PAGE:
“What does sustaining the objection mean?” Throughout criminal proceedings and trials, attorneys usually speak up and offer various objections. What exactly do these protests signify? Why raise these objections?
For people who are not familiar with the law, the terminology and procedures used in criminal courtrooms might be bewildering. This blog post will clarify this in more detail.
What does sustaining the objection mean? Sustain – What Is It?
To sustain means to approve or agree upon. The term “objection sustained” refers to a Judge’s acknowledgment of an attorney’s objection.
What does sustaining the objection mean? Sustain’s Origins and Meaning:
In Middle English, “sustain” originally meant “to hold up, support, or bear the weight of something.” When used legally, the term refers to a Judge’s decision to accept or concur with a certain objection or argument.
What does sustaining the objection mean: Illustrations of sustain
In a courtroom, if a defense attorney objects to a question the other side opposes, the Judge may uphold the objection, indicating that they concur that the question is inappropriate or unanswerable. A Judge may also overrule an objection; indicating that the question is appropriate and answerable.
What does sustaining the objection mean: What Does the Legal Term “Objection” Mean?
A formal objection made during a trial, deposition, or other procedure. It requests the court to exclude a witness’ testimony or other evidence because it would go against the rules of evidence or another procedural legislation. These are generally brought up during a trial after the other side questions a witness but before the witness has a chance to respond or when the other side wants to introduce an exhibit as evidence.
The judge then renders a decision when a lawyer raises an objection. If the judge rejects the objection and accepts the inquiry, witness, or piece of evidence, the judge has overruled the objection. In order to correct any inappropriate language, the judge may also allow the lawyer to rephrase the inquiry.
A judge’s actions may also be the subject of objections.
Reasons why lawyers would object
There are a number of causes for a criminal defense lawyer to object in court, including:
- Relevance: A question or response that has no bearing on the situation, such as “Is Ms. Jones a good, upstanding member of the community?” when a person accused of hitting Ms. Jones in a bar is on trial.
- Hearsay: When a query or response relies on a third-party account of an occurrence, such as “So and so told me…”
- Opinion: When a witness responds to a question that depends on their opinion, such as “Do you believe that people who belong to that political party are more likely to commit crimes?”
- Speculation: When a query or response is based on an eyewitness’s conjecture, as in “I didn’t see him that day, but he was probably at the movies with his friends.”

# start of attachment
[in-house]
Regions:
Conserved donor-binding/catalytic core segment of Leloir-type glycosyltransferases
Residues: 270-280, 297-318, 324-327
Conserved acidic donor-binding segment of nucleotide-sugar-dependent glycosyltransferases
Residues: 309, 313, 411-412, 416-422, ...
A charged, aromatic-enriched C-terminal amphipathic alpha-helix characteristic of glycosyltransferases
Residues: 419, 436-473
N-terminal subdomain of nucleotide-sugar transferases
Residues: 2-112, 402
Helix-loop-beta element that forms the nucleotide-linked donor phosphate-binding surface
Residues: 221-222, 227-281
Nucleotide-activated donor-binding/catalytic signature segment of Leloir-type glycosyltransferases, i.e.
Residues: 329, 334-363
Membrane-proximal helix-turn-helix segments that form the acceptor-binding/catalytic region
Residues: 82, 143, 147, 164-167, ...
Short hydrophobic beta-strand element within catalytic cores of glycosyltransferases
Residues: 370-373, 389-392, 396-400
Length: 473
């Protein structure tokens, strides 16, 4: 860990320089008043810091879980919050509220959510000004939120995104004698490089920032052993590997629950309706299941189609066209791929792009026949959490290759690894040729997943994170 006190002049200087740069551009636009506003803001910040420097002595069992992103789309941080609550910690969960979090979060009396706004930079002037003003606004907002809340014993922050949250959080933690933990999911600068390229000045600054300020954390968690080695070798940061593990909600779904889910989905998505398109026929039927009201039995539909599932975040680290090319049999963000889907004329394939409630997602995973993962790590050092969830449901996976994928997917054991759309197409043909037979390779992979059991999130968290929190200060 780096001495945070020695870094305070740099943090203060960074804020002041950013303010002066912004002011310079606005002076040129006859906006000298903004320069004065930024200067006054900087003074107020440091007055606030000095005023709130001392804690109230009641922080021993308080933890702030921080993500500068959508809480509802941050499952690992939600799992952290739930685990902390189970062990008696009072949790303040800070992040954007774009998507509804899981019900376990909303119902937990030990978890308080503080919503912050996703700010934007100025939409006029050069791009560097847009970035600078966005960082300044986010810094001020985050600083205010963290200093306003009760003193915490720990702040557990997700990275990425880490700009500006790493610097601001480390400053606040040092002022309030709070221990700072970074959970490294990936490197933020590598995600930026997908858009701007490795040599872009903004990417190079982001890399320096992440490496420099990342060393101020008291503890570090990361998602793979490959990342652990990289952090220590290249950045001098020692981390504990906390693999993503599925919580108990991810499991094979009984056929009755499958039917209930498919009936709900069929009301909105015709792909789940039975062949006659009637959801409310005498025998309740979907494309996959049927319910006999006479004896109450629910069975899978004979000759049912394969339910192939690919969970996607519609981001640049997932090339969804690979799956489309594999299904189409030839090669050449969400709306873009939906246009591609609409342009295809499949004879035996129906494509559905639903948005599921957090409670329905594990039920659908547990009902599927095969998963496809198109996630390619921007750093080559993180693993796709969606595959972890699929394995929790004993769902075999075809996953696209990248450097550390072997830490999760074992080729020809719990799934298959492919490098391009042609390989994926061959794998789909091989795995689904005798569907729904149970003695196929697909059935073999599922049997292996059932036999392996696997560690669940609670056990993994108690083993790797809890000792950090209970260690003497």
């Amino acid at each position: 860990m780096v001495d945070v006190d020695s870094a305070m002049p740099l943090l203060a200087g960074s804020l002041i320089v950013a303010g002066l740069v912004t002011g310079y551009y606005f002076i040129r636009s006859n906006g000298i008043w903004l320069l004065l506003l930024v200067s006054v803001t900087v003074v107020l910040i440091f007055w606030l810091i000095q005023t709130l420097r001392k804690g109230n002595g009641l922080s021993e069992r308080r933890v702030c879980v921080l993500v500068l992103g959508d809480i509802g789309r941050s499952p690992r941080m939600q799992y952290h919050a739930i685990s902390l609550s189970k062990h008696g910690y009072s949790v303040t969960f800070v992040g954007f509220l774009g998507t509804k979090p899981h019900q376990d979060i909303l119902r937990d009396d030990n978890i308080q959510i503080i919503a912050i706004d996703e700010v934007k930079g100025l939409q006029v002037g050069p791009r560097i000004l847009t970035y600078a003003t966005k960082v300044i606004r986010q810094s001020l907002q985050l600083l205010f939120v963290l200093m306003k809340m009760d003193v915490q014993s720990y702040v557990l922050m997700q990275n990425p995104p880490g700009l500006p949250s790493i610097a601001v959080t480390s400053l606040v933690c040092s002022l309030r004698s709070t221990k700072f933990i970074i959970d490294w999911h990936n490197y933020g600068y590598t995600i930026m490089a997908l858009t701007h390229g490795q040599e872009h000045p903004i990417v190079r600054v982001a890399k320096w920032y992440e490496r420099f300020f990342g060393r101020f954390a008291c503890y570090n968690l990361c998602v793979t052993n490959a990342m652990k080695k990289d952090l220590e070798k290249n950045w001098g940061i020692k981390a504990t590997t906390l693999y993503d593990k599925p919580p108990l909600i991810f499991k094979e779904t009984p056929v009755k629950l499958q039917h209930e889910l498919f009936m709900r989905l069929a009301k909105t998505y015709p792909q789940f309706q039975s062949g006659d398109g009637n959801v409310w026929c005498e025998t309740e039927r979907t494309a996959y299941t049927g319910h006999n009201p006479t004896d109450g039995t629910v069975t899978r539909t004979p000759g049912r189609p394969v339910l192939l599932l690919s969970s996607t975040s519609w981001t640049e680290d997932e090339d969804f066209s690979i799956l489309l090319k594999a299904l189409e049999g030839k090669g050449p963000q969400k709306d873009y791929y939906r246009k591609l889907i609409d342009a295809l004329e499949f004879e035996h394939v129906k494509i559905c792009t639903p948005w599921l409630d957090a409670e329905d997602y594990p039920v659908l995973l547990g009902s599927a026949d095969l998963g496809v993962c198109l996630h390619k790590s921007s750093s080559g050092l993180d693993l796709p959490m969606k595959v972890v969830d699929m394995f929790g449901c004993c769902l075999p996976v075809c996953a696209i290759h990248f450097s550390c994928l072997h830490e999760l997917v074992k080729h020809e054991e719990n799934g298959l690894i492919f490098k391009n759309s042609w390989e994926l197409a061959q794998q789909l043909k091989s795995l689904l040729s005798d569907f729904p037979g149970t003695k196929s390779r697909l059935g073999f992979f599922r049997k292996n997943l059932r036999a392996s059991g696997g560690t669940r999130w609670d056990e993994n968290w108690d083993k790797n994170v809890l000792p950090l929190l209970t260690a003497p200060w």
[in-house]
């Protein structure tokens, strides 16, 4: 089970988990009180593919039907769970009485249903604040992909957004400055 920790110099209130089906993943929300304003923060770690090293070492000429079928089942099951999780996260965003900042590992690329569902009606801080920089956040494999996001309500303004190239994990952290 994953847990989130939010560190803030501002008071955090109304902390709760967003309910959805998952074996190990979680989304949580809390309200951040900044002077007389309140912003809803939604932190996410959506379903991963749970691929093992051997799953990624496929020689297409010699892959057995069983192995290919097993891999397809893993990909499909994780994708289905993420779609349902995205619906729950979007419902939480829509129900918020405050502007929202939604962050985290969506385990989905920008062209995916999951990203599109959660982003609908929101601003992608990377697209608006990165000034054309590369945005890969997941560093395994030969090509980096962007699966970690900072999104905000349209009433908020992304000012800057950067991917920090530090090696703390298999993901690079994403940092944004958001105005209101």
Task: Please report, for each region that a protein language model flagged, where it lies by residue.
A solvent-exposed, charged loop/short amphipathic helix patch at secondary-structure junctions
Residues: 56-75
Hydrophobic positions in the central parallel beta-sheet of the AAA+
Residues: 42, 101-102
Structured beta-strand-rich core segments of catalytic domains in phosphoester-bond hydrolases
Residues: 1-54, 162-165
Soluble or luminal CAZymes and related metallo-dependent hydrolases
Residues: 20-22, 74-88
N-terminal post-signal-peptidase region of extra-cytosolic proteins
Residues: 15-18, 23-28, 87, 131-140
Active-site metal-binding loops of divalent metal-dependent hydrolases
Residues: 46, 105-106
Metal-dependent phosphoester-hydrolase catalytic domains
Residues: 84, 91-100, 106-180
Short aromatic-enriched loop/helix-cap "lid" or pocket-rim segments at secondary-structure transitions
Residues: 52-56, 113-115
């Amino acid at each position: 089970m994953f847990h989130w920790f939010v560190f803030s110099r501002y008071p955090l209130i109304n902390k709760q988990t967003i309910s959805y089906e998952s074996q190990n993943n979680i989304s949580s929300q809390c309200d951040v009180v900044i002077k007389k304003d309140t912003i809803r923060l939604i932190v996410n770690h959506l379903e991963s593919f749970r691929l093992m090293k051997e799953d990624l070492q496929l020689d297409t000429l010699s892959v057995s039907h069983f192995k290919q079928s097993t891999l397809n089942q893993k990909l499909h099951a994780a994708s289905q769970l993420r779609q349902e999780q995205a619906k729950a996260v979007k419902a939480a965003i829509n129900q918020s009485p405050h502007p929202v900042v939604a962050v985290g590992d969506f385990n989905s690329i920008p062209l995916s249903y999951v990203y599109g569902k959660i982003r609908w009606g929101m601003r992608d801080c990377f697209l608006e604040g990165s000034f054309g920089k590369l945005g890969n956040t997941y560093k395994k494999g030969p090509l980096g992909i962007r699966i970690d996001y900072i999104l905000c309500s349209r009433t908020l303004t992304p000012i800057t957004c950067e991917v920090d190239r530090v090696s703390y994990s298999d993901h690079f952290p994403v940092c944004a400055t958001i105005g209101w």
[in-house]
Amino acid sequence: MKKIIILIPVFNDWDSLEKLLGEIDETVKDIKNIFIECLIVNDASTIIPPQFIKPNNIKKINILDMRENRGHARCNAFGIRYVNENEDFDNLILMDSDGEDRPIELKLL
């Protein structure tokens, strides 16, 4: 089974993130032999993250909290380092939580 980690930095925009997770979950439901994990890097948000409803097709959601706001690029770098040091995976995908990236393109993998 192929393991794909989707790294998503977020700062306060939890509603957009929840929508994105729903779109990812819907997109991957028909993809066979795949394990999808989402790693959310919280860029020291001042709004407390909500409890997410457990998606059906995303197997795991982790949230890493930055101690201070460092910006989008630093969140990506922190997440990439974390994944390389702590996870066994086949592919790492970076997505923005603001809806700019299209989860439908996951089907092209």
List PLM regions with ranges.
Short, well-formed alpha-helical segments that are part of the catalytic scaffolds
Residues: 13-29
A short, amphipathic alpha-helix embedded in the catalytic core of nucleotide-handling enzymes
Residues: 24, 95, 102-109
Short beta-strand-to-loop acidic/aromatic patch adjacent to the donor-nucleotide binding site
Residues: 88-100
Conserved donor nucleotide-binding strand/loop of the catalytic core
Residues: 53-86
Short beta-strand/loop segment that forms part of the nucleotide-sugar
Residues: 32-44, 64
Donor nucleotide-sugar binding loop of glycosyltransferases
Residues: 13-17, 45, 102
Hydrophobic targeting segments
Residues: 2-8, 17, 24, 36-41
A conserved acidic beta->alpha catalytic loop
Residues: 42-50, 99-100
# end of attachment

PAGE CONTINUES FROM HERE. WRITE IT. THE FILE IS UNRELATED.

- Asked and answered: This occurs when a lawyer repeatedly asks the same questions and receives the same responses, such as “You weren’t anywhere near the dock that morning? At 10:00 a.m., you didn’t visit the dock? On the dock that morning, were you? Had you been at the dock between nine and eleven?
- Leading questions: Questions that imply a response, like “The intruder entered through the entrance from the well-lit porch? The light in the doorway was on. You have adequate lighting to view his face, right?
The judge presiding over a case can overrule or uphold a Lawyer’s objection.
When a Judge overrules an objection, trial continues. The Lawyer may present his evidence or testimony to the court. If the judge upholds the objection, the lawyer may rephrase the inquiry or justify the significance of the evidence or testimony.
What does sustaining the objection mean: How does a judge decide on arguments?
Depending on her decision, a judge may either “overrule” the objection or “sustain” it. However challenging it may be, the jury should ignore the incorrect questions posed.
An overruled objection is still significant to proceedings. When a lawyer challenges some evidence, that challenge becomes part of the record. The attorney has the right to appeal the judge’s judgment if he doesn’t agree with it. A lawyer loses his right to appeal against improperly admitted evidence if he does not object to its admissibility.
What does sustaining the objection mean: What are the laws governing evidence?
The rules of evidence specify what can and cannot be taken into account by a Jury. The following are some principles of evidence:
.1# Only firsthand facts may be presented by witnesses. Permitting witnesses to say just anything would make Testimony meaningless. This is a little difficult to apply, though. A witness may state, “I saw the blue car drive through a red light before hitting the pedestrian,” but she/he may not say, “The driver of the blue car should go to jail because he/she ran a red light and hurt someone,” as this would represent the witness’s viewpoint.
.2# Every witness must be open to being questioned from both sides. During cross-examination, one lawyer attempts to elicit lies or other issues with a witness’ testimony. Every piece of testimony is thoroughly vetted by cross-examination before being given to a jury. It derives from the 6th Amendment right to confront your accuser. “Hearsay testimony,” or testimony concerning what someone else told the witness, is typically not permitted because the other person cannot be cross-examined. There are, however, several exclusions to this rule.
.3# Documents must be genuine. There are numerous evidence regulations in place to ensure that the item in evidence is the actual evidence, or at the very least an exact copy when the parties attempt to introduce documents or other items into evidence.